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The Man Behind the Plow

by Sam Moore


Tags: history, John Deere, book review, 19th century, Sam Moore,

Sam Moore   
Sam Moore   

I recently read a neat little book titled The Man Behind the Plow: Robert N. Tate, Early Partner of John Deere.

Written by Connie Fairfield Ganz, Tate’s great-great-great-granddaughter, the story is based upon extensive diaries kept by Mr. Tate. These diaries covered events from his birth in England on May 31, 1804 (written much later), through Jan. 7, 1883, about three years before his death on March 7, 1886.

The account chronicles Tate’s early life in England, where he learned the “trade of whitesmith and bell hanging.” He sailed from England to Canada in 1830, and then traveled overland to Michigan where be began to work as a blacksmith. A year later, Tate traveled to New York City, by foot, ferry boat, stage coach and canal boat.

In New York City, Tate worked in a foundry, married and had children. However, after the hard times caused by the Panic of 1837, the Tate family decided to go west. They settled near Dixon, Ill., and Robert Tate became a homesteader. For several years he struggled to eke out a living on the farm. In the spring of 1841, in dire need of cash, Tate went back to New York by himself and resumed work at the foundry. While returning to Illinois in the fall of 1842, Tate’s steam ship was wrecked on Lake Erie. He, however, survived and soon was home and farming again.

In 1845, Tate traveled to Grand Detour to do machine work and came to the attention of John Deere and Leonard Andrus, in whose factory he had installed a steam engine and a power lathe. Tate began to work in the Deere and Andrus shop making hoes. In 1847 or 1848, “Deere took it into his head to dissolve partnership (with Andrus), which they soon after did.”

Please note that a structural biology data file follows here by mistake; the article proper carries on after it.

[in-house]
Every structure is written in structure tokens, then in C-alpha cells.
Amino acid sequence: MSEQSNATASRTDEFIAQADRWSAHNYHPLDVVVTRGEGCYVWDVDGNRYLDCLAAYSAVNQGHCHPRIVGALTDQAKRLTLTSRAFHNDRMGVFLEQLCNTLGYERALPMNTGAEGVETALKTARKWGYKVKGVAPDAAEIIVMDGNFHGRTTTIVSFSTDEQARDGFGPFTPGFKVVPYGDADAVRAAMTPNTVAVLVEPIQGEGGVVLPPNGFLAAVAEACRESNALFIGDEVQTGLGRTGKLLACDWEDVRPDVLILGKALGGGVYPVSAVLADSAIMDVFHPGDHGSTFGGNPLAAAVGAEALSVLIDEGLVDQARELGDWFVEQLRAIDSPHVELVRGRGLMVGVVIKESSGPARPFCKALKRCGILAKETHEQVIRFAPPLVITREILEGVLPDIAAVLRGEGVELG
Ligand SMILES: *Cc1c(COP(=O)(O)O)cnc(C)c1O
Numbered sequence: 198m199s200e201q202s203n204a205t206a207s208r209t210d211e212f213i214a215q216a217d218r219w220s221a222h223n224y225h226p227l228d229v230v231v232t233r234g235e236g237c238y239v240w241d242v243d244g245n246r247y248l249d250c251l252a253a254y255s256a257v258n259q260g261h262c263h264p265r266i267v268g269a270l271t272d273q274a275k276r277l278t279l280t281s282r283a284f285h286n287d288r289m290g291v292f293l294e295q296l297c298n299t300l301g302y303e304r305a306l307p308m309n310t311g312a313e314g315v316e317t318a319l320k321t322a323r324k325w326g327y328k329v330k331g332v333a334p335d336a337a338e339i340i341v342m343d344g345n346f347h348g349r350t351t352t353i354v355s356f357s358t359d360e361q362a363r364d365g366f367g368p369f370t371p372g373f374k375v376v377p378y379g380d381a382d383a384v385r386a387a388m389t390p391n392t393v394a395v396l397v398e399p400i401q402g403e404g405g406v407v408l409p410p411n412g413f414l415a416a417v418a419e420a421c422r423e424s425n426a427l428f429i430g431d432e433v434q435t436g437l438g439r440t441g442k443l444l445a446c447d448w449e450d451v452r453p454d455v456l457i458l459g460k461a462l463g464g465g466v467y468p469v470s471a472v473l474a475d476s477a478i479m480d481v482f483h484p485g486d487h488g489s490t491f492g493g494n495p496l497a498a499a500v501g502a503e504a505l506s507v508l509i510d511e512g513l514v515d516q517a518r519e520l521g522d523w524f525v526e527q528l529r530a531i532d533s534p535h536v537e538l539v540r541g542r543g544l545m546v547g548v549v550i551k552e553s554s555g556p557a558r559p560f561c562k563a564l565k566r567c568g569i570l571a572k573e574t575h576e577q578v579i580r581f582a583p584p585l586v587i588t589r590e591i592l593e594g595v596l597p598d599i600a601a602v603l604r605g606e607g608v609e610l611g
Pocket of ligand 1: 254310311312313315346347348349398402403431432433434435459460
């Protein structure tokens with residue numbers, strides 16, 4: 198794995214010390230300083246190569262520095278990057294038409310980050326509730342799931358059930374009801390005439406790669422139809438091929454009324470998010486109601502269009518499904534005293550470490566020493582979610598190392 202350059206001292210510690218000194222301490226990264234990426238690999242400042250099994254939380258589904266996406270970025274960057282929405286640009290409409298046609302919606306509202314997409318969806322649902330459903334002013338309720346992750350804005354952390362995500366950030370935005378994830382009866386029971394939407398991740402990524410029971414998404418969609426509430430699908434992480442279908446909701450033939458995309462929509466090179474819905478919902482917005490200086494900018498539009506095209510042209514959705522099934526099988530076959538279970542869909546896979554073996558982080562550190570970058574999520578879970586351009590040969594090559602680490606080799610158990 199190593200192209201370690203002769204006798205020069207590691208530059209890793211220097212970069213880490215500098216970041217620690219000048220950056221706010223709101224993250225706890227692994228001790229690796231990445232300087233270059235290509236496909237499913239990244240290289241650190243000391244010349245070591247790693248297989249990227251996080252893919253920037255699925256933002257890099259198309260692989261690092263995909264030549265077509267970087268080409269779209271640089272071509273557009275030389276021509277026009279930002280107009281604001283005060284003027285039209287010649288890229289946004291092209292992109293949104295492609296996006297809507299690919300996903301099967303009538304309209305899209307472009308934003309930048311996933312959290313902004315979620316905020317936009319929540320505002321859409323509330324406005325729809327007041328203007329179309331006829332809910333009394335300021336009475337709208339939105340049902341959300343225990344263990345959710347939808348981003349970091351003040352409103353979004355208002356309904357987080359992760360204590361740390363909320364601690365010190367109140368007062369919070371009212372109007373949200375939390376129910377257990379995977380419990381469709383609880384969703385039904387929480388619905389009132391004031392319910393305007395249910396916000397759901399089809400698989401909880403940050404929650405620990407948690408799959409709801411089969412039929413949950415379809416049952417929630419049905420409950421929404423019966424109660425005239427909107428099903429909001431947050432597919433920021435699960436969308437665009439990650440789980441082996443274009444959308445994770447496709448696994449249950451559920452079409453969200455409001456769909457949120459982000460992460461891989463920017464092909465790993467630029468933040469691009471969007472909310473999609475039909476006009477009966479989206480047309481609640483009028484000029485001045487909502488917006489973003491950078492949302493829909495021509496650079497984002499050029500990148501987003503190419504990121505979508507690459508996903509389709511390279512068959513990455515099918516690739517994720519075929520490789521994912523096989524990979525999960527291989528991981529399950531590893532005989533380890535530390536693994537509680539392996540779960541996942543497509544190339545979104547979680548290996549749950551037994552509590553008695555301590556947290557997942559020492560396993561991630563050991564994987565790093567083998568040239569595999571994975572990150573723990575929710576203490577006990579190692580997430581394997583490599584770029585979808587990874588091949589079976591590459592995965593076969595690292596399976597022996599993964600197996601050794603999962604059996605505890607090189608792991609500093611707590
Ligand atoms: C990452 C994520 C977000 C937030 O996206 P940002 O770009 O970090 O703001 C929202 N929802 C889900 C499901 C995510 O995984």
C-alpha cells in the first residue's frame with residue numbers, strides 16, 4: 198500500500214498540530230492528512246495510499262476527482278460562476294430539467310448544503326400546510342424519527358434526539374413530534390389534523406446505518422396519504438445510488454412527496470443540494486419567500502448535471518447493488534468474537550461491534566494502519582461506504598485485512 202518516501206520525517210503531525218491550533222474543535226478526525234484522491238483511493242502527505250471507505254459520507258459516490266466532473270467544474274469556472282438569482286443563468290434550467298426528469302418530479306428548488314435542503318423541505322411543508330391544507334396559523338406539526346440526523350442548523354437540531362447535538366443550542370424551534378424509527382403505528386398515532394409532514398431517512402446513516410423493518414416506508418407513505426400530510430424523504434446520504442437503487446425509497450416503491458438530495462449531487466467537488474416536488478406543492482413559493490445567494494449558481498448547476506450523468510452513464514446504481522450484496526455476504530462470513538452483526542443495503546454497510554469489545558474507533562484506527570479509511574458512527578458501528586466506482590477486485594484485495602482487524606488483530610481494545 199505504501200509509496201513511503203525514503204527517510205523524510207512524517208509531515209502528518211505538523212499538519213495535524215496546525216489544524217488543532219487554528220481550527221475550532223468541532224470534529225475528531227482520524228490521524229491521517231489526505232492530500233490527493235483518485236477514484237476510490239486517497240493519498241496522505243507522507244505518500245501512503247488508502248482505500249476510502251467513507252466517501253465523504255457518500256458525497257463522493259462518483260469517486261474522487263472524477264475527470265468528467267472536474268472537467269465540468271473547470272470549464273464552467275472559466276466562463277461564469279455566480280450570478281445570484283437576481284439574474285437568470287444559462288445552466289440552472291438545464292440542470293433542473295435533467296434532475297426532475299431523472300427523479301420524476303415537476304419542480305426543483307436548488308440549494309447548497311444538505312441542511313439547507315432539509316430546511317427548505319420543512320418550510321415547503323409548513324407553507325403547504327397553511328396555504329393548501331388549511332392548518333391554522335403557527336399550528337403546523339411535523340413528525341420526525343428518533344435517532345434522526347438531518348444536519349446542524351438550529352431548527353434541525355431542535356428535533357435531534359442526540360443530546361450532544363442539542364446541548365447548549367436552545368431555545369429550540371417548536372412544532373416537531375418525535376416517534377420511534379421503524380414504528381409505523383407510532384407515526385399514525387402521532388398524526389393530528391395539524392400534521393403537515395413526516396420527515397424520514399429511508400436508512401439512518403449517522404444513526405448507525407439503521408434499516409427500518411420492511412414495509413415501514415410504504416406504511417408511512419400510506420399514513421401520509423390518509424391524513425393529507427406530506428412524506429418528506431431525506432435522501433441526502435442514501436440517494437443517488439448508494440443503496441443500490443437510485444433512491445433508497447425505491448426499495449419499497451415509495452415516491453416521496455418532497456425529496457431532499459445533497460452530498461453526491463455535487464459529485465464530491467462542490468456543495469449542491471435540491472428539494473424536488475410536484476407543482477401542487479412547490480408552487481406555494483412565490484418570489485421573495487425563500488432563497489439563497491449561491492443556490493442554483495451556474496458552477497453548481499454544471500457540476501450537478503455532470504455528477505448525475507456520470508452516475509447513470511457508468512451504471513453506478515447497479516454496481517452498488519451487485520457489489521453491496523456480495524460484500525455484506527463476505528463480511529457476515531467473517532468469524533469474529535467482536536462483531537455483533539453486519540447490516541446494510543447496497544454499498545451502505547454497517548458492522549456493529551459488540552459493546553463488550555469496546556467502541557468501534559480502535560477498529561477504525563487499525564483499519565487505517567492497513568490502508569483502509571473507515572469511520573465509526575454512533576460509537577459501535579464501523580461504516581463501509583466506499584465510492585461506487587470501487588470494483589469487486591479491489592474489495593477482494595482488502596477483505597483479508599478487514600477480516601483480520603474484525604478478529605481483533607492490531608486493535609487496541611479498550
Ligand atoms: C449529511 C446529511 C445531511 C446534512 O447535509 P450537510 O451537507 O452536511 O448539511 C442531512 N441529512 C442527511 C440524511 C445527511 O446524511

Deere and Tate moved to Moline and became partners in Deere & Tate Co. Neither of the two men had much of a head for finance, so John M. Gould was made a partner and the firm became Deere, Tate & Gould. In 1852, the partnership was dissolved, and Tate began making plows and wagons on his own, until 1856, when he took on Charles Buford as partner. That partnership lasted until 1865, when Tate sold out and retired with $25,000 (almost $350,000 in today's money). Buford & Tate became the Rock Island Plow Co. in 1884.

Tate lived in retirement in Illinois until 1872, when he and his family moved to California, where he died in 1886.

Robert Tate was a keen newspaper reader and observer of current events, and he made many references to those events in his diary. Ms. Ganz has done an excellent job of researching these references and includes detailed descriptions of them in the book. This not only brings Tate’s diary entries to life, but helps the modern reader to understand some of the more obscure references.

While the book doesn’t contain much detail about farm machinery, it gives a fascinating glimpse of life in this country during the nineteenth century. It was quite interesting to an old history buff like myself.